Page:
History of laparoscopic pyeloplasty

Successful surgical repair of an obstructed UPJ was first described in 1892, one of the earliest true descriptions of a reconstructive urological procedure.[7] The refinement of dismembered pyeloplasty by Anderson and Hynes in 1949 has remained the optimum technique for surgical repair of UPJ obstruction. However the morbidity associated with a flank incision remains significant. Minimally invasive options offer an attractive alternative in this respect.

Laparoscopic pyeloplasty was first reported by Schuessler in 1993.[8] The technique is now in widespread use and several large series have been reported. The success rates for laparoscopic pyeloplasty mirror those of open surgery (89-98% and 86-93% respectively).[3,9,10]

Laparoscopic pyeloplasty and other minimally-invasive techniques

Though techniques such as percuatneous endopyelotomy, retrograde ureteroscopic endopyelotomy and balloon dilatation have been shown to have a lower success rate than open pyeloplasty, they may still be considered for certain cases. The attraction of lower morbidity, a shorter hospital stay and quicker return to work, have made such techniques more attractive than open pyeloplasty. However patients with crossing vessels, significant hydronephrosis, a long stricture (>2cm), and previous failed endourological treatment, are those most likely to do less well with these minimally invasive techniques.[11] The success rate for percutaneous endopyelotomy in such cases drops from 73% to 39% if the affected kidney has poor function, significant hydronephrosis or a crossing vessel.[12] The presence of a high ureteric insertion on IVU will make an endourological approach less feasible. In these cases, pyeloplasty is much more likely to offer a better outcome.

Contraindications to laparoscopic pyeloplasty

The presence of a small intrarenal pelvis renders laparoscopic pyeloplasty very difficult and less likely to succeed. Very poor function (< 15%) in the presence of a normal contralateral kidney is an indication for nephrectomy rather than pyeloplasty. Though secondary UPJ obstruction can prove challenging for technical reasons, it is not a contraindication to laparoscopic pyeloplasty. Previous abdominal surgery may prompt one to consider the retroperitoneal rather than transperitoneal approach.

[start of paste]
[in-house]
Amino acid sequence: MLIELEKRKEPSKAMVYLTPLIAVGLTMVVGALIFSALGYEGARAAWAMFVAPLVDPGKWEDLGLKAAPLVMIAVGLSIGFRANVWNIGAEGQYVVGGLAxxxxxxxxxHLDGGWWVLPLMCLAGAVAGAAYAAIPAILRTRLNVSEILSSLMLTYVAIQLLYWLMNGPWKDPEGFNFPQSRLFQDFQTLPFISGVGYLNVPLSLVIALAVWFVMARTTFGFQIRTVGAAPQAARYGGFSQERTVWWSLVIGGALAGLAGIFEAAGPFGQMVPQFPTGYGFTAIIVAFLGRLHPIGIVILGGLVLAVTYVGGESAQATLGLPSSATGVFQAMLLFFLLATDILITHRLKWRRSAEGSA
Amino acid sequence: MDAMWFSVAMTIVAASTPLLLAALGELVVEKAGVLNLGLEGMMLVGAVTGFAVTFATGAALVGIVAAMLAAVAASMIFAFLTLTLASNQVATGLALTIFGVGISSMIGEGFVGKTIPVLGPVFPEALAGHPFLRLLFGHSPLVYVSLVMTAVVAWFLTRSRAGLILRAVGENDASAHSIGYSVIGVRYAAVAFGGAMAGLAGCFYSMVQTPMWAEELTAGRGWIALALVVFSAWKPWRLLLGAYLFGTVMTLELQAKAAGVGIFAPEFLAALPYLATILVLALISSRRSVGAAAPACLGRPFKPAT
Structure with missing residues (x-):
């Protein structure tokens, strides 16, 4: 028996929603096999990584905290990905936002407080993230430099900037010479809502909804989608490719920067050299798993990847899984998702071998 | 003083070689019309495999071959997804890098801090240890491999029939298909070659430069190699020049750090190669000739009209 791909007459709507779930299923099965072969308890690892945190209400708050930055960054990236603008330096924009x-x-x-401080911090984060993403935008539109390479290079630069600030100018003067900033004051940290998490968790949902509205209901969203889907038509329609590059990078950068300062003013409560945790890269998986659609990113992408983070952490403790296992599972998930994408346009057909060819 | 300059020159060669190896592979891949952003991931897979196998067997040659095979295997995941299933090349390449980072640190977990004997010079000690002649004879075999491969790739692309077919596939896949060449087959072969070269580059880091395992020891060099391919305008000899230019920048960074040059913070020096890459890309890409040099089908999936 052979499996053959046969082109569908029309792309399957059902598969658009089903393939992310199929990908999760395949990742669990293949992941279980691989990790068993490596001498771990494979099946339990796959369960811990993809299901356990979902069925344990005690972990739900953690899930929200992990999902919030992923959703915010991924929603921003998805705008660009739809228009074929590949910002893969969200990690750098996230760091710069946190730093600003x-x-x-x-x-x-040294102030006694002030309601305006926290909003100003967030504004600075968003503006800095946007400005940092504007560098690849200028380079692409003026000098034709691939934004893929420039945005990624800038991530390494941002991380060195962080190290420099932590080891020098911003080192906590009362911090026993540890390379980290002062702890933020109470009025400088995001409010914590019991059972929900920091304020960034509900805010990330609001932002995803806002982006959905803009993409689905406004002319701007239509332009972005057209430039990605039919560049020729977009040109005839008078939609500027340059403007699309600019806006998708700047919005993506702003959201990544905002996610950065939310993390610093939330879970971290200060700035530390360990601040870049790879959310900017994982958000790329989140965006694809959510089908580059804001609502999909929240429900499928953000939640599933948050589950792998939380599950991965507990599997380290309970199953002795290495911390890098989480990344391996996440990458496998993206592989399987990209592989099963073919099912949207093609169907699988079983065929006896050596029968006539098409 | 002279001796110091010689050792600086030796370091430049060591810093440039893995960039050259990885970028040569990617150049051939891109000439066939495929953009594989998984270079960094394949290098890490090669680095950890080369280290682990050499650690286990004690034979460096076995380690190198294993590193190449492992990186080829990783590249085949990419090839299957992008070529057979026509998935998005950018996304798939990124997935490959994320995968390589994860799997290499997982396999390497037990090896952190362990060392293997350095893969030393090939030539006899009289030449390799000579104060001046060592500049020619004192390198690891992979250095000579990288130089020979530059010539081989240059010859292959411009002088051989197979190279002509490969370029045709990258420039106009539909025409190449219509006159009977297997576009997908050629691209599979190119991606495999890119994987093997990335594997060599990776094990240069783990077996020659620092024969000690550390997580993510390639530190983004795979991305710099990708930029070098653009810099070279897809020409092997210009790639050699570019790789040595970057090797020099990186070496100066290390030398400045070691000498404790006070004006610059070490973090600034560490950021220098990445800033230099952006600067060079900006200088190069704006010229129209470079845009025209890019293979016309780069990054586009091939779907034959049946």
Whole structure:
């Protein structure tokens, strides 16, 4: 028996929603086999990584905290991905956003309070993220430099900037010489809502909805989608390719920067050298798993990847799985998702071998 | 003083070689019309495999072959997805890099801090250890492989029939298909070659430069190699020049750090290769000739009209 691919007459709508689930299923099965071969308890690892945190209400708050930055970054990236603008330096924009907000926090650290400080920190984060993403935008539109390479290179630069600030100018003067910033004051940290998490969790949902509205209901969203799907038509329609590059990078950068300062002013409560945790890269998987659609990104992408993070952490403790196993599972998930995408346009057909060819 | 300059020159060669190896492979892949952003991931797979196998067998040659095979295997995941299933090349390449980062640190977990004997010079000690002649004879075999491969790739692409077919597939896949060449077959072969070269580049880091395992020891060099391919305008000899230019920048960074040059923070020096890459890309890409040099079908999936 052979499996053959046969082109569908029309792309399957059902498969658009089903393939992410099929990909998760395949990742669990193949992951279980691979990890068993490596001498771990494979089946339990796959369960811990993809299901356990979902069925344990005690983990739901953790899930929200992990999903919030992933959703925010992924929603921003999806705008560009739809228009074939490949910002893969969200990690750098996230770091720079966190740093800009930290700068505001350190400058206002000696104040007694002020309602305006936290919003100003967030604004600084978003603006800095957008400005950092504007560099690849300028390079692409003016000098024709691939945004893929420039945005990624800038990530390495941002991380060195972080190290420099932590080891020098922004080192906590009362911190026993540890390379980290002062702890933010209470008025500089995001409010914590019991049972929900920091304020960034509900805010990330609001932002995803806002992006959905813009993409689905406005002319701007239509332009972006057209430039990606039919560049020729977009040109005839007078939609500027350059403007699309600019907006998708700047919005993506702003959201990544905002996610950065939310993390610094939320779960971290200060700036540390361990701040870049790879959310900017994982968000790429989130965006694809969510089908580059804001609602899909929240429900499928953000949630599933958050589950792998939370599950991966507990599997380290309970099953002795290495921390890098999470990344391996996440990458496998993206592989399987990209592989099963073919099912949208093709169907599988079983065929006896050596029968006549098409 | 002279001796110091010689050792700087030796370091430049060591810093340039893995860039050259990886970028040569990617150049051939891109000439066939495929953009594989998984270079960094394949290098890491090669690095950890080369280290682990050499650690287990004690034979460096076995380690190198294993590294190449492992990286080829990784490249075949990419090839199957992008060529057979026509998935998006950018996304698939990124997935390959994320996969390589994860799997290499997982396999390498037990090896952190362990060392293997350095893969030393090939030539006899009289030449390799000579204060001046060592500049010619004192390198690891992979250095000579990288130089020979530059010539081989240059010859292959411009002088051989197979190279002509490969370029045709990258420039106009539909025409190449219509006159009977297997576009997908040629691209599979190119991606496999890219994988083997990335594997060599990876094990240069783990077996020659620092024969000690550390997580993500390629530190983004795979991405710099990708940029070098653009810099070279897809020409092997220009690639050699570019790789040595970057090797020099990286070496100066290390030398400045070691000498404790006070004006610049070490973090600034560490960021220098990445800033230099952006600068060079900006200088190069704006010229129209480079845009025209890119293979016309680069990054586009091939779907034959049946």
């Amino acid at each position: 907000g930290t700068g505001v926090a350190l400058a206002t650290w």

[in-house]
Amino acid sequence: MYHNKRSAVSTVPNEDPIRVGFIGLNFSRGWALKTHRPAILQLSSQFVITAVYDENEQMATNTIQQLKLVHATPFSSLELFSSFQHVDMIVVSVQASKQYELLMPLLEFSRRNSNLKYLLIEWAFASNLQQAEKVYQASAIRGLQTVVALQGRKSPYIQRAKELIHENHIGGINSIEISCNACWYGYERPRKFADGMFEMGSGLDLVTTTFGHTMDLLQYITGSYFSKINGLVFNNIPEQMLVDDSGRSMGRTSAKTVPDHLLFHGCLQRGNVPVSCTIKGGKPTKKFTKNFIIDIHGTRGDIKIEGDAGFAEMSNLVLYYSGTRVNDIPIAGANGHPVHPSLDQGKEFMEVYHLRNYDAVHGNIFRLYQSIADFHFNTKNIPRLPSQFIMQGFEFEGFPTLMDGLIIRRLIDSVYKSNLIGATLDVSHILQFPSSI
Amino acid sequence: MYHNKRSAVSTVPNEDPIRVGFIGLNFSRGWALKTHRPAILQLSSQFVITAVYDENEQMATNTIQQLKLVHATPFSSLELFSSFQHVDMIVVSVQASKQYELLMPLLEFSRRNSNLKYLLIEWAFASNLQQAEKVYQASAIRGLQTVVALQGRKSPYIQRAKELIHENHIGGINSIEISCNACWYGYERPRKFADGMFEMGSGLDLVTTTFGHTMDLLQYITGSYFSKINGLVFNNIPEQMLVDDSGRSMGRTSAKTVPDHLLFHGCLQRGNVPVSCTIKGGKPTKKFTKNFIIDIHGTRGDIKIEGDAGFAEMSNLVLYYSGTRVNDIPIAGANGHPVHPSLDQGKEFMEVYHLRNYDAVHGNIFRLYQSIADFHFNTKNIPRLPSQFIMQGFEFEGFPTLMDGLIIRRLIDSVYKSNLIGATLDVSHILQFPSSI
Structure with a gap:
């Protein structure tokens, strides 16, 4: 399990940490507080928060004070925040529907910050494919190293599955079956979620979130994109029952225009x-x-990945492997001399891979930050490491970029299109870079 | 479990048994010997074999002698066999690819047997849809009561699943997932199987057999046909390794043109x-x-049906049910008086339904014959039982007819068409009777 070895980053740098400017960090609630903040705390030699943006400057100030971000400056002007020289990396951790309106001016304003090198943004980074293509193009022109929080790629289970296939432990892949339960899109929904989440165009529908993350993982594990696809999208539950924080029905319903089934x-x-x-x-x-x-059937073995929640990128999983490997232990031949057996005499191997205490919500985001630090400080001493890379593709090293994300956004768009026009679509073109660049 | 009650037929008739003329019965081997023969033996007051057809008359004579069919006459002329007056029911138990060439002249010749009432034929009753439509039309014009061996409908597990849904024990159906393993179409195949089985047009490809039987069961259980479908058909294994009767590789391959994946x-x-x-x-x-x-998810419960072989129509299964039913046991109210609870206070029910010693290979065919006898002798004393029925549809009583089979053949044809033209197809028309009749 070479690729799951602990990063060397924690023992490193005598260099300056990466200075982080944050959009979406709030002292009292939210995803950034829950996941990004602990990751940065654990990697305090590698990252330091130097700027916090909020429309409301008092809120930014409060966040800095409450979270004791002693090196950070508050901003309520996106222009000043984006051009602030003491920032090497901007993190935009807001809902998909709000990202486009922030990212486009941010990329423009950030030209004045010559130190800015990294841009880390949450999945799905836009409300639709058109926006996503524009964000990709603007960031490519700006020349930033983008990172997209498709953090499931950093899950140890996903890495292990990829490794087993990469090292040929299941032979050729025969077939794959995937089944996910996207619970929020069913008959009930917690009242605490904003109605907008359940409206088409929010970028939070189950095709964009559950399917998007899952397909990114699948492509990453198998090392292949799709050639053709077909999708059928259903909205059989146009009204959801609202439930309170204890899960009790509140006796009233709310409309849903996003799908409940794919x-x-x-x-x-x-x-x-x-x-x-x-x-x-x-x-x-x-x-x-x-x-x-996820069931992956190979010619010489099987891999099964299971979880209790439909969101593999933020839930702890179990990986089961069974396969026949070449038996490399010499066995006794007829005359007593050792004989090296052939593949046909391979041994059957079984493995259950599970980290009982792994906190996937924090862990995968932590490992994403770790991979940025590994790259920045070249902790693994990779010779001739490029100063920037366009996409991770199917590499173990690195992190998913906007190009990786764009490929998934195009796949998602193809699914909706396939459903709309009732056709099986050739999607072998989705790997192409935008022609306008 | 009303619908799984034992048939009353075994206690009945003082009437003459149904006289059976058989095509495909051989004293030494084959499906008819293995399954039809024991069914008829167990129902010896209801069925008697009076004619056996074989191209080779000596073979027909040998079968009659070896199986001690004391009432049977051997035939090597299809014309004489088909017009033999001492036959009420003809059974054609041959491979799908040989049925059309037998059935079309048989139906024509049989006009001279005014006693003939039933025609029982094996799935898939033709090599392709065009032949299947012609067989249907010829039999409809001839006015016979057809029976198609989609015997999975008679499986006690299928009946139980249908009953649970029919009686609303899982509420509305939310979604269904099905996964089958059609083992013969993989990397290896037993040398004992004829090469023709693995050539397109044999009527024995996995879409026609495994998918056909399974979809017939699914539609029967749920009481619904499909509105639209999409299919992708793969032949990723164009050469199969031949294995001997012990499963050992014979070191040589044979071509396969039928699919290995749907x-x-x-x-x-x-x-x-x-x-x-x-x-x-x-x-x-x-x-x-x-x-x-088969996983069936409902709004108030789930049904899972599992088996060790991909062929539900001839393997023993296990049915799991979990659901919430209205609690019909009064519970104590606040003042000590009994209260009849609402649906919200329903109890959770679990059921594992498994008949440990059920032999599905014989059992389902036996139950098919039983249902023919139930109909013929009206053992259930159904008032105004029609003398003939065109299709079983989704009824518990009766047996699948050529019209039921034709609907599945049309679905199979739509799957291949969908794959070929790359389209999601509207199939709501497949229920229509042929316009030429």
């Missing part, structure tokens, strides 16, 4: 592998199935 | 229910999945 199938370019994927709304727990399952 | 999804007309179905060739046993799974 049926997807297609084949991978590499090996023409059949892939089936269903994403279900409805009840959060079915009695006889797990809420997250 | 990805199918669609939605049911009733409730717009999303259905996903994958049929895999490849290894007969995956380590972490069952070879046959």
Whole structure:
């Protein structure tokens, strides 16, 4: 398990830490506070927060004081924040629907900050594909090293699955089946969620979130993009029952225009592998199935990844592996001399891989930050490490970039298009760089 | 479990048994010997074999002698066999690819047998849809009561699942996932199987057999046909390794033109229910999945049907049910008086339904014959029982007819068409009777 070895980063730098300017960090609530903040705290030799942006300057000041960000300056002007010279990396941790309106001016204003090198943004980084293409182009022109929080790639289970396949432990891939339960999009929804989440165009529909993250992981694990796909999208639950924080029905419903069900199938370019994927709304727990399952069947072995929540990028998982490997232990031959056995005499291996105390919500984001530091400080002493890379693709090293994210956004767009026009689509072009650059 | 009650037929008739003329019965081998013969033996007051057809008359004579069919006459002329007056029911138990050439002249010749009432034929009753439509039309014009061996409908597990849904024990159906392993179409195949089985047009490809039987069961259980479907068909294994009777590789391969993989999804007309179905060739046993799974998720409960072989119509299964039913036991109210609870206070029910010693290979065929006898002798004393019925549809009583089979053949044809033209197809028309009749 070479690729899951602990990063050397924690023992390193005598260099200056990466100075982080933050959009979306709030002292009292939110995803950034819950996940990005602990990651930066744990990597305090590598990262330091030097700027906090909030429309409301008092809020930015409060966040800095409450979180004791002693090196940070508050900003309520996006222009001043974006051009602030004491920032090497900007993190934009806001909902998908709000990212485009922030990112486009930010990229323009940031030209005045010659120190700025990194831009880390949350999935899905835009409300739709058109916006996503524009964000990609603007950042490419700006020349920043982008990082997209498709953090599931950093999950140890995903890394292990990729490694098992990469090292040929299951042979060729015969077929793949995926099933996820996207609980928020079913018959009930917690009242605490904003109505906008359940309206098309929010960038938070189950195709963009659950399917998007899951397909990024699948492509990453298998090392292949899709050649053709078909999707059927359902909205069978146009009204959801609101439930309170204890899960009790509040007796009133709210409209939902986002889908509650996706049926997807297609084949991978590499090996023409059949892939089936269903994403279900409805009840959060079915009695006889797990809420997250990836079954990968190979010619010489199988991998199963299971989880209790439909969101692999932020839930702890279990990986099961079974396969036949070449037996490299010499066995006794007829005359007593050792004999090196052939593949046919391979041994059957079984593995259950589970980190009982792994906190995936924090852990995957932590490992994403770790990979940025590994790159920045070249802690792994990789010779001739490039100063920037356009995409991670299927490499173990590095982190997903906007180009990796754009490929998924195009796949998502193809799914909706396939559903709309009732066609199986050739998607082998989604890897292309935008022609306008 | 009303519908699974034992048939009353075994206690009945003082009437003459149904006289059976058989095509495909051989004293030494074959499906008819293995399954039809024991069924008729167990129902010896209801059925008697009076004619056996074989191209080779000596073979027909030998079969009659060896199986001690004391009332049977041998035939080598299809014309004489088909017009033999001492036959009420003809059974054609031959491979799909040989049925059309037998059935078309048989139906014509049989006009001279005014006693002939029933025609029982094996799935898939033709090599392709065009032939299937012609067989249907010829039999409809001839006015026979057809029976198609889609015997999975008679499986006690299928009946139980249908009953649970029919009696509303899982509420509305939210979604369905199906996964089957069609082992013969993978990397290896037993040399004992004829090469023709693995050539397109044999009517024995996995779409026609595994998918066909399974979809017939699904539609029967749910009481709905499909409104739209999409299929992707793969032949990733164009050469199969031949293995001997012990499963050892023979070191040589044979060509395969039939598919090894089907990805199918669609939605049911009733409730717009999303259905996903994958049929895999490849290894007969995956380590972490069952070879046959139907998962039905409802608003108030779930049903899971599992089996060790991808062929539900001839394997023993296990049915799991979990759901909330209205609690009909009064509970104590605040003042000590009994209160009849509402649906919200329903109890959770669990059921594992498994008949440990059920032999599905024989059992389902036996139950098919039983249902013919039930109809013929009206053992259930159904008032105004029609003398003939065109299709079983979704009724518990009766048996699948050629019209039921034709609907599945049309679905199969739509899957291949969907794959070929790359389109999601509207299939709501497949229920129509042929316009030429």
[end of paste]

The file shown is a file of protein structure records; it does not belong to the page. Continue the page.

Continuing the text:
Laparoscopic vs open pyeloplasty

There is no randomised control trial comparing open and laparoscopic pyeloplasty. In a comparative study, Bauer reviewed the outcome of 42 laparoscopic and 35 open pyeloplasties.[10] Success rates exceeded 90% in both groups with a mean follow up of 58 months (minimum 12 months). The complication rate for the laparoscopic group was 12% while that for the open group was 11%. Factors such as hospital stay and recovery times were not considered.

Operative technique

The choice between the transperitoneal and retroperitoneal approach depends entirely on the surgeon's experience and preference. The precise technical details are not described here. The retroperitoneal space may offer less room to manoeuvre and may make suturing somewhat more challenging, however less dissection is required to access the UPJ and therefore the advantages of one approach usually balance the disadvantages of the other. The retroperitoneal approach may offer shorter operative times (175 vs 246 mins), and there is certainly less risk of intraperitoneal injury and ileus.[13] Our preference is to use this approach using the balloon dissection technique. Four ports are usually necessary to provide the necessary retraction during suturing. A JJ stent is usually placed at the start of the procedure following a retrograde study, however a stent may also be placed antegradely under laparoscopic control if a retrograde study is not necessary prior to insufflation.

Dismembered vs non-dismembered

The majority of authors favour a dismembered technique (Anderson-Hynes), though a non-dismembered approach may be considered in cases without a crossing vessel or significant hydronephrosis. This approach allows excision of a large redundant pelvis, transposition of the UPJ anterior to a crossing vessel, excision of a large stenotic segment, and reconstruction of a dependent non-obstructed UPJ. It also allows the extraction of calculi from the pelvicalyceal system (present in up to 20% of cases). Therefore this technique duplicates that of open dismembered pyeloplasty, which remains the “gold standard” for the treatment of such cases. However such reconstructive surgery is quite challenging laparoscopically. Very good suturing skills must be developed to overcome the learning curve. Operating times average 3 hours for the first 20 cases or so (Table 1).

Table 1
Summary of large reported series of laparoscopic pyeloplasty